Friday, May 6, 2016

Review: M2 Maze of the Ridding Minotaur

This is a look at the second of the two Dungeons & Dragons solo modules I own - M2. I also looked at M1 Blizzard Pass. I'm aware of BSOLO Ghost of Lion Castle, but I never owned, played, or read a copy so I don't expect to review it. Hopefully someone else will step up and do so!

For more reviews, please see my consolidated reviews page.

M2 Maze of the Riddling Minotaur
by Jeff Grubb
TSR 1984
A Solo Adventure for Character Levels 1-10

This module is a solo adventure for any kind of Expert D&D-level character. Although the adventure is nominally for levels 1-10, it's actually meant for a single sixth level character - all of the spell effects, pre-rolled characters, etc. are 6th level or for sixth level characters. It's hard to see how a 1st level character would survive a single encounter, or how a 10th level character would be really challenged. For a single character, level 5-7 would be about right. It's an odd designation.

The adventure starts at the beginning of the titular maze. Parts of the maze are uncovered already, others hidden by invisible ink - and as you move, you reveal the maze and the room key numbers. You've been sent to save a lost princess - you're the fourth adventurer sent in, and you're given a magic weapon and a magical owl that will fly back to the King if you die so the next adventurer can come. Basically, it's an excuse to play again if you fail without needed to discard what you know about the maze. Since it's a maze with minotaurs, there is a whole backstory that chews up and recycles the Theseus story - ships with black sails, a maze on an island, Greek-themed names, etc.

Like the previous solo adventure in the series, the adventure is an "Invisible Ink Module" and requires a special pen to reveal hidden blocks of text. There are a few key differences with other solo adventures:

- Adventuring is map-based, not choice-based. You navigate a map and then flip to the keyed entry that matches the areas you moved to. The map is also invisible ink based, at least partly. Once you've exhausted all of the options in the room, or can and choose to leave, you use the map to find the next keyed area.

- Combat is invisible ink based. As you discover traps or encounter monsters, you use the ink to reveal the monster, its stats, and its rolls in combat.

- Spells. You have a limited selection of spells and their effects are modified to fit the adventure. Even the limited versions of information spells, though, are potentially really useful as they reveal room contents without the need to go in.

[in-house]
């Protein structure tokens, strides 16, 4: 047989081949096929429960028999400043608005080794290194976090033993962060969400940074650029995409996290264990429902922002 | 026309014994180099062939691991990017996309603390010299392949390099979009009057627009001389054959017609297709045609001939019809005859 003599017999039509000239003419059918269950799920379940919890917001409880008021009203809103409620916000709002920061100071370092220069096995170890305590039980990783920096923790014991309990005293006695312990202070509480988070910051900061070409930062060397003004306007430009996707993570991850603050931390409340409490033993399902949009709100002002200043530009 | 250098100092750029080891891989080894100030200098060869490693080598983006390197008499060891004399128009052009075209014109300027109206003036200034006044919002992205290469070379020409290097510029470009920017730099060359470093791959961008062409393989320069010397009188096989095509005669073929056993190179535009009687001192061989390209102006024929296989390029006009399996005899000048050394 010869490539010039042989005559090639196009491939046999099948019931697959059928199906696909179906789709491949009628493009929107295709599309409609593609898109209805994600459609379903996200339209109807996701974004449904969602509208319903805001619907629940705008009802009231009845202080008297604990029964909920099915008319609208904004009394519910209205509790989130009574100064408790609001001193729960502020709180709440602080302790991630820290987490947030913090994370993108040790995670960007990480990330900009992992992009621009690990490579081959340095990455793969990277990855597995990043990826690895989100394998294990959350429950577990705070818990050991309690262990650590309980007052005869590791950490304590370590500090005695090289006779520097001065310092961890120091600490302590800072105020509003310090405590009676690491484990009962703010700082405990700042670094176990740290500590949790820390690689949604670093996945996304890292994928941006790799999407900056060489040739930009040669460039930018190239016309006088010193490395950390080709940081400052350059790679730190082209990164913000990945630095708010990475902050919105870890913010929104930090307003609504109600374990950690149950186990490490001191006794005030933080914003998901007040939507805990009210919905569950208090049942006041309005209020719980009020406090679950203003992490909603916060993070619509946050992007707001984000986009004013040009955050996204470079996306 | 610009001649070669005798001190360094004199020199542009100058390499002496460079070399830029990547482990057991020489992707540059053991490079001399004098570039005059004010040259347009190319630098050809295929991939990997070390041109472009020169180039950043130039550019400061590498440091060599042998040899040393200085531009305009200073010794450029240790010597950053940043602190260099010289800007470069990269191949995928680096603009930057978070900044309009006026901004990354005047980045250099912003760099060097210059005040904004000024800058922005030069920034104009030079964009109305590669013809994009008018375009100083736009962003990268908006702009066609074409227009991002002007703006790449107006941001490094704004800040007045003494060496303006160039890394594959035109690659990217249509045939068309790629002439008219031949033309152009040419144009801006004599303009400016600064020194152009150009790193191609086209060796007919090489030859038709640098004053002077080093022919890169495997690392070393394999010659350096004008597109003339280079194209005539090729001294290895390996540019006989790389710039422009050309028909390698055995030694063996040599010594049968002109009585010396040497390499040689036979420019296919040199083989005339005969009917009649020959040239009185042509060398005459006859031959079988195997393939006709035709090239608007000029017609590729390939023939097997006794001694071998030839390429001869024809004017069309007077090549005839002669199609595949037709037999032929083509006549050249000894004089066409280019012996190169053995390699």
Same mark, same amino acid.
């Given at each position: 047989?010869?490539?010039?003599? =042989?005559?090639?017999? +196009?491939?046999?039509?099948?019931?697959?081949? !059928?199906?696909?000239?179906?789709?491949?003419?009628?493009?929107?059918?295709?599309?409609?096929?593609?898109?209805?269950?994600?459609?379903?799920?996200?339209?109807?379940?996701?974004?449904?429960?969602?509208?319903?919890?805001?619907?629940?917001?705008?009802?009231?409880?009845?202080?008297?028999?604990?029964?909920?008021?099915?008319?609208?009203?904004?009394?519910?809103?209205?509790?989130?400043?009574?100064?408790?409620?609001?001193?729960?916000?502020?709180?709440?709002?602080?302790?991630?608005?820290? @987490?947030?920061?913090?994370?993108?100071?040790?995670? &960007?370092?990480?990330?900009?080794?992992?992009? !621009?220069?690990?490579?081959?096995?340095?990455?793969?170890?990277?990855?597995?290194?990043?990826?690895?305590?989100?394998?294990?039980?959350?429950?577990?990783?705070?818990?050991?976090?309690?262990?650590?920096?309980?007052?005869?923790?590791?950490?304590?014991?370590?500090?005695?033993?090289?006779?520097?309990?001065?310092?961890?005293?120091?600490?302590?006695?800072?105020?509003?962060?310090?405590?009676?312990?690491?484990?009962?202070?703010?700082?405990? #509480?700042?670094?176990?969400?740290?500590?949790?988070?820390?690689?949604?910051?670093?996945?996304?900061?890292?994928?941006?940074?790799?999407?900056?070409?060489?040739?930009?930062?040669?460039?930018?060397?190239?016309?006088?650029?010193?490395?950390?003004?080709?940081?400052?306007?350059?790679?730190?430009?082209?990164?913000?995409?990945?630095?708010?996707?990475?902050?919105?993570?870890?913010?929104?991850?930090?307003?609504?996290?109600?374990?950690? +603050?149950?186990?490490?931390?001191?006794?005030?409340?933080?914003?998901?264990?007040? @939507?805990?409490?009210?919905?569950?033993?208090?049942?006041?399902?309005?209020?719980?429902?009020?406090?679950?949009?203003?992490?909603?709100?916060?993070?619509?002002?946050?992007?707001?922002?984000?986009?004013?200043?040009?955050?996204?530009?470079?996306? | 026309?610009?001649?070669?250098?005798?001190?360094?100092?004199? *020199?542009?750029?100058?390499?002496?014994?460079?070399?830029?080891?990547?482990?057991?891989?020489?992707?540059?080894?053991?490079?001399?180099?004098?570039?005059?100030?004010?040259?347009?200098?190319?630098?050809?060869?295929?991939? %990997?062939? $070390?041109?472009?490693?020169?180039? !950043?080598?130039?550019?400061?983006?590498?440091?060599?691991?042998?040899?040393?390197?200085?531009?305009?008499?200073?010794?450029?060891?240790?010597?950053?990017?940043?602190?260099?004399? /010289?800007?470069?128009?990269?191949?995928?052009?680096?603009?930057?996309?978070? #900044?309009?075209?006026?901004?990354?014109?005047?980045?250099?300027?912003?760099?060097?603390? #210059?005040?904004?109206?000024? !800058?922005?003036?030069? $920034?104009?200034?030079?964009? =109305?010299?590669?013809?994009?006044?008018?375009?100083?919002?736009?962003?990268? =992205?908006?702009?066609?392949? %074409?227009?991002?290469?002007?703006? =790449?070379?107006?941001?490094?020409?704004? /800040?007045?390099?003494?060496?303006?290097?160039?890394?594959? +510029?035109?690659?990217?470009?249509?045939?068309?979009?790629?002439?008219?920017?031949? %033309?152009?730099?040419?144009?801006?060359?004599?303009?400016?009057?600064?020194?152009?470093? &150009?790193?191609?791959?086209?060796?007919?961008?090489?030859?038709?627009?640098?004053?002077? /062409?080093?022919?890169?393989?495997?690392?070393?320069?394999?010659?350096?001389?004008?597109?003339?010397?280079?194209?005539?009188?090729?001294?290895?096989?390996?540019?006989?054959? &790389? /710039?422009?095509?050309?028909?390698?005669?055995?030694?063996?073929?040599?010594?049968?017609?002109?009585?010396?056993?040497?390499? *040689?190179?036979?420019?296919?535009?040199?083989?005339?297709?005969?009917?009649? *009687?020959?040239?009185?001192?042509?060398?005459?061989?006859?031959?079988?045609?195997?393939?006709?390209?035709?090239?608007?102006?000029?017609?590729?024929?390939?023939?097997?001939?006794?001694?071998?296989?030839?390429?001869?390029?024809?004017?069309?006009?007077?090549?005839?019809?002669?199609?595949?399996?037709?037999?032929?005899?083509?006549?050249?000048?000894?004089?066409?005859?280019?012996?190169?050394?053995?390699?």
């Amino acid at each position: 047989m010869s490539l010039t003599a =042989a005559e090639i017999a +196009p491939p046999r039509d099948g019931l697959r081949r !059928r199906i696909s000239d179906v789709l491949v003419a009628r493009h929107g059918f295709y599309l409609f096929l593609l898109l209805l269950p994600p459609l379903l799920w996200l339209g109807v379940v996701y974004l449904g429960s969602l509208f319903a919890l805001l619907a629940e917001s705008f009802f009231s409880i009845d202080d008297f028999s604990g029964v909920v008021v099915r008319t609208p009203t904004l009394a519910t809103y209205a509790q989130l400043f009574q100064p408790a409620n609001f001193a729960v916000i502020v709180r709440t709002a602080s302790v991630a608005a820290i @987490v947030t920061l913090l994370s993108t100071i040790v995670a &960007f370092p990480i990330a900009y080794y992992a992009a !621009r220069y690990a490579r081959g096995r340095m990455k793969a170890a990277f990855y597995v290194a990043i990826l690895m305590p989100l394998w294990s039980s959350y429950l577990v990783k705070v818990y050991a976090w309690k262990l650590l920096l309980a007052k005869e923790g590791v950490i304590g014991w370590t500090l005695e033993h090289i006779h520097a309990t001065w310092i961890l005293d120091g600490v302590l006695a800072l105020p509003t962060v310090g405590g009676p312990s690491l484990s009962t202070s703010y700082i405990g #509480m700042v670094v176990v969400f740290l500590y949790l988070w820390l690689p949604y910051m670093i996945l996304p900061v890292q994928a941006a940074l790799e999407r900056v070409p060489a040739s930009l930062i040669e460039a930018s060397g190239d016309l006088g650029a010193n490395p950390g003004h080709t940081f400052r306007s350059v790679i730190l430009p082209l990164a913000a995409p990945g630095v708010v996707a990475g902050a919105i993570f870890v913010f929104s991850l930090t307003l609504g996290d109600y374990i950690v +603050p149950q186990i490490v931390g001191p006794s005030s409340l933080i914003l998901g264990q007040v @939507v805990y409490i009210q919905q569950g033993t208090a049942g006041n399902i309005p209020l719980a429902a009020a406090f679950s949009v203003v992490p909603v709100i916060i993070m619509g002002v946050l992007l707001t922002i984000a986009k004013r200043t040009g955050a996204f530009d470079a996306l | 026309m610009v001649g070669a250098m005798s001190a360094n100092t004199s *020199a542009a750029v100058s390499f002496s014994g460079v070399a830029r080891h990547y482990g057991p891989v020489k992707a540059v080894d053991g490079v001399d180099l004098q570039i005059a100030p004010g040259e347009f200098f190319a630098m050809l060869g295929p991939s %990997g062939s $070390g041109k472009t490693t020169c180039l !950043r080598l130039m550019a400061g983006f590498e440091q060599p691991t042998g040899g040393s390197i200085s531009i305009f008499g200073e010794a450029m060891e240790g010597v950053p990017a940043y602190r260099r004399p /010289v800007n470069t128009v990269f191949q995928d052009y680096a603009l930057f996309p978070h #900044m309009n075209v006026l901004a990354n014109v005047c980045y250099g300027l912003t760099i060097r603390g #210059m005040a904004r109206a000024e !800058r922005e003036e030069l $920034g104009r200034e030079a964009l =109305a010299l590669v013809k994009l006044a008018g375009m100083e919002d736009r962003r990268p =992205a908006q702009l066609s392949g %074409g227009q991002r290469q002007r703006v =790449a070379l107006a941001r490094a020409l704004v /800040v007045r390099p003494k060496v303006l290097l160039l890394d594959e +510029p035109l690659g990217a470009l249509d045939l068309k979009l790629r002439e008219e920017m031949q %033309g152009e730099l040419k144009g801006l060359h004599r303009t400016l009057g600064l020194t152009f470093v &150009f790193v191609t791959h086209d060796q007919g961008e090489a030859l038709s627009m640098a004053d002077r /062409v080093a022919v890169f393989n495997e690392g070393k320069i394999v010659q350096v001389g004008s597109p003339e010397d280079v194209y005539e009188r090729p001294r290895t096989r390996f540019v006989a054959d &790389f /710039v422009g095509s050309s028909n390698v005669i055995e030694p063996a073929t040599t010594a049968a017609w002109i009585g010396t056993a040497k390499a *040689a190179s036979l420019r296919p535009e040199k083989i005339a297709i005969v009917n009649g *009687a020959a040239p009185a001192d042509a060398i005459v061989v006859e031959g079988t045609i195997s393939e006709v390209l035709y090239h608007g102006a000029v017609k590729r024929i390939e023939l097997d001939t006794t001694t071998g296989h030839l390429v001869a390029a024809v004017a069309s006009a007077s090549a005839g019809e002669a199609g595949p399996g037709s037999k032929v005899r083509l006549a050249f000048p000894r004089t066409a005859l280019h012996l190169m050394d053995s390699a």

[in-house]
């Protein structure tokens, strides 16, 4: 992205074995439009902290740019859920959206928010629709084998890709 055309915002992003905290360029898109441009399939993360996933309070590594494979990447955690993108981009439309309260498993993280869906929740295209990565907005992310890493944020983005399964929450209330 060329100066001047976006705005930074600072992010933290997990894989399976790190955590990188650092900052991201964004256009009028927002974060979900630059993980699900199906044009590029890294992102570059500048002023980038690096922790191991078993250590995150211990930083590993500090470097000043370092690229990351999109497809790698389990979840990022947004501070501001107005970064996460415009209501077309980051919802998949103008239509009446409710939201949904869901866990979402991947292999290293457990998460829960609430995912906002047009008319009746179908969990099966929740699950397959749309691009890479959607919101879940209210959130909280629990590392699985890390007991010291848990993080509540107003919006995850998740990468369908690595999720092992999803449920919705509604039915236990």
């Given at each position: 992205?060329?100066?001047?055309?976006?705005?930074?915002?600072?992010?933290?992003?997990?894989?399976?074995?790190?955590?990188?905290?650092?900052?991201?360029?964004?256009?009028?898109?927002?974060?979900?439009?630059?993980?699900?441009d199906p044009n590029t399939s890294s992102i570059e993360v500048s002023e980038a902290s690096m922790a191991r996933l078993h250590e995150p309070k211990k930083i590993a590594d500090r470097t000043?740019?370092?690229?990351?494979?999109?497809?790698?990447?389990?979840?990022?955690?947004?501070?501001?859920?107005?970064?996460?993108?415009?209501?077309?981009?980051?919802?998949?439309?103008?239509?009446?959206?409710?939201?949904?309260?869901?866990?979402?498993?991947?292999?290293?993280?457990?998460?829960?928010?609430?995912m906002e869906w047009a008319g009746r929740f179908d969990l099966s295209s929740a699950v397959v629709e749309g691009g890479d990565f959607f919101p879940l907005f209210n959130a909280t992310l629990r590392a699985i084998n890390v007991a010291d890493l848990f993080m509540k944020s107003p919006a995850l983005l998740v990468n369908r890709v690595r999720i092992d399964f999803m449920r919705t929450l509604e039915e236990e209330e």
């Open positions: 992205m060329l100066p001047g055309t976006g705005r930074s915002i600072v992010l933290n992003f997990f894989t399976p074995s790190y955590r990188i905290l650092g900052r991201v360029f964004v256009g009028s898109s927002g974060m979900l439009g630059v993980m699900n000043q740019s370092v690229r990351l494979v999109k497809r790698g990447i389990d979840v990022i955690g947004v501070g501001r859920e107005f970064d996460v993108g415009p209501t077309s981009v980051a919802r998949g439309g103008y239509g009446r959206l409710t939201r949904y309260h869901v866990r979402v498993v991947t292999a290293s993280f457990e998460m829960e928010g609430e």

- Actual riddles. You read the riddle, guess the answer - and then use the ink to reveal the answer. Get it right and move on, get it wrong and fight.

All in all, pretty interesting changes to the usual solo adventure "If you try the door, go to entry 5" approach.

As a group adventure, it adds a surface area to be explored and cleared instead of having it be pre-cleared by the King's forces. It's just more combat, really, but with some magic items you'd need to ensure you have a chance against some of the "Magic weapons to hit" monsters in the maze.

The module also has five new monsters - Obsidian Golem, Sacrol (a kind of skull-based undead), Zombie-Minotaur, Giant Hunting Spider, and Pocket Dragon.

The art is also nice, and includes this great one by Parkinson:

 photo Parkinson Stalking 001s_zpsj6oo7dbb.jpg

Invisible stalker, indeed. This is why it's better to not even look behind you in dungeons.

Oh, and hokey smoke, it has a Rocky-and-Bullwinkle reference. There's something you don't see every day. (Scroll to Chauncey and Edgar)

Notes and War Stories

Just as a note, it's interesting that TSR re-used module designations - the other M2 I have is a Master-level adventure, Vengeance of Alphaks.

Like M1 Blizzard Pass, the ink fades over the years. This is especially bad here, because there is a mostly-unreadable map you need to use the adventure at all. The group play needs the maze, and you don't even know some of the monsters and traps without the monster blocks.

I am sure I played this once. I don't know if I finished it victorious or not - I can't read 90+% of the text that was revealed. But I don't really have any strong memories of it. The difficulty of play - it's very gimmicky and annoying to color in hit rolls, then damage rolls, then hit points, etc. - surely didn't help. Also, the higher level meant it was necessarily more complex.

That said, I like a lot of the color, the monsters, and the riddles. The surface section is nice as well. Using the revealed map and text, it would make a good group adventure.

No comments:

Post a Comment

Related Posts Plugin for WordPress, Blogger...